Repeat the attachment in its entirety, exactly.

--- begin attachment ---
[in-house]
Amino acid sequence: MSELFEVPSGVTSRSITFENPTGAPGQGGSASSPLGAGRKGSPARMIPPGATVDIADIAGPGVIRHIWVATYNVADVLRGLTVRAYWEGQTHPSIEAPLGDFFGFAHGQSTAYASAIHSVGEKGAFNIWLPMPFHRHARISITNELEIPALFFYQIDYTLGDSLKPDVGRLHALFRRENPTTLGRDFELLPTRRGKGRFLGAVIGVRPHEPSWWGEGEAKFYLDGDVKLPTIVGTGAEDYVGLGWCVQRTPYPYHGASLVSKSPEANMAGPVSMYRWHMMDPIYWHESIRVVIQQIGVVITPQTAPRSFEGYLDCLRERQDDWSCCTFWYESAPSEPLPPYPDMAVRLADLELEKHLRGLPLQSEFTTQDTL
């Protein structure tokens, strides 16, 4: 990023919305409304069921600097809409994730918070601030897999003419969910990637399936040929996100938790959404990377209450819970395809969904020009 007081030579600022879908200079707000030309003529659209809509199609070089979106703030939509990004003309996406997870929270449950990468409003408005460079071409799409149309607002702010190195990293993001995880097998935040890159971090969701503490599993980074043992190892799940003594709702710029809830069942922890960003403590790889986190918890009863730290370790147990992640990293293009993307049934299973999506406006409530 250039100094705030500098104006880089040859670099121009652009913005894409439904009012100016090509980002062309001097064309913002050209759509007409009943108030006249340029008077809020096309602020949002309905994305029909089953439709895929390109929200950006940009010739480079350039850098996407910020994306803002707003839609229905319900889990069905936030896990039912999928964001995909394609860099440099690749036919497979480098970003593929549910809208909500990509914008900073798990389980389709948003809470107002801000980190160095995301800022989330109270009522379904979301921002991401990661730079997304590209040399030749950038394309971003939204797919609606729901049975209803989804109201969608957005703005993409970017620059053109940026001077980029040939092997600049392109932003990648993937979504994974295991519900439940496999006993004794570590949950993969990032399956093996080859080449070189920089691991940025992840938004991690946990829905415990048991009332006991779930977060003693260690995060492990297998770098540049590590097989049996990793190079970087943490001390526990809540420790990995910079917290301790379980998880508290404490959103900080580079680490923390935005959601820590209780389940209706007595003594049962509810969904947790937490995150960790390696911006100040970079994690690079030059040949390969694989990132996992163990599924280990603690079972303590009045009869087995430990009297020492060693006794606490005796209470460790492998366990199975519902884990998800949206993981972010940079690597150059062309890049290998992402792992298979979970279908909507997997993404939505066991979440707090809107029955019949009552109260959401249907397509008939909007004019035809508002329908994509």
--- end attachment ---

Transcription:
[in-house]
Amino acid sequence: MSELFEVPSGVTSRSITFENPTGAPGQGGSASSPLGAGRKGSPARMIPPGATVDIADIAGPGVIRHIWVATYNVADVLRGLTVRAYWEGQTHPSIEAPLGDFFGFAHGQSTAYASAIHSVGEKGAFNIWLPMPFHRHARISITNELEIPALFFYQIDYTLGDSLKPDVGRLHALFRRENPTTLGRDFELLPTRRGKGRFLGAVIGVRPHEPSWWGEGEAKFYLDGDVKLPTIVGTGAEDYVGLGWCVQRTPYPYHGASLVSKSPEANMAGPVSMYRWHMMDPIYWHESIRVVIQQIGVVITPQTAPRSFEGYLDCLRERQDDWSCCTFWYESAPSEPLPPYPDMAVRLADLELEKHLRGLPLQSEFTTQDTL
């Protein structure tokens, strides 16, 4: 990023919305409304069921600097809409994730918070601030897999003419969910990637399936040929996100938790959404990377209450819970395809969904020009 007081030579600022879908200079707000030309003529659209809509199609070089979106703030939509990004003309996406997870929270449950990468409003408005460079071409799409149309607002702010190195990293993001995880097998935040890159971090969701503490599993980074043992190892799940003594709702710029809830069942922890960003403590790889986190918890009863730290370790147990992640990293293009993307049934299973999506406006409530 250039100094705030500098104006880089040859670099121009652009913005894409439904009012100016090509980002062309001097064309913002050209759509007409009943108030006249340029008077809020096309602020949002309905994305029909089953439709895929390109929200950006940009010739480079350039850098996407910020994306803002707003839609229905319900889990069905936030896990039912999928964001995909394609860099440099690749036919497979480098970003593929549910809208909500990509914008900073798990389980389709948003809470107002801000980190160095995301800022989330109270009522379904979301921002991401990661730079997304590209040399030749950038394309971003939204797919609606729901049975209803989804109201969608957005703005993409970017620059053109940026001077980029040939092997600049392109932003990648993937979504994974295991519900439940496999006993004794570590949950993969990032399956093996080859080449070189920089691991940025992840938004991690946990829905415990048991009332006991779930977060003693260690995060492990297998770098540049590590097989049996990793190079970087943490001390526990809540420790990995910079917290301790379980998880508290404490959103900080580079680490923390935005959601820590209780389940209706007595003594049962509810969904947790937490995150960790390696911006100040970079994690690079030059040949390969694989990132996992163990599924280990603690079972303590009045009869087995430990009297020492060693006794606490005796209470460790492998366990199975519902884990998800949206993981972010940079690597150059062309890049290998992402792992298979979970279908909507997997993404939505066991979440707090809107029955019949009552109260959401249907397509008939909007004019035809508002329908994509």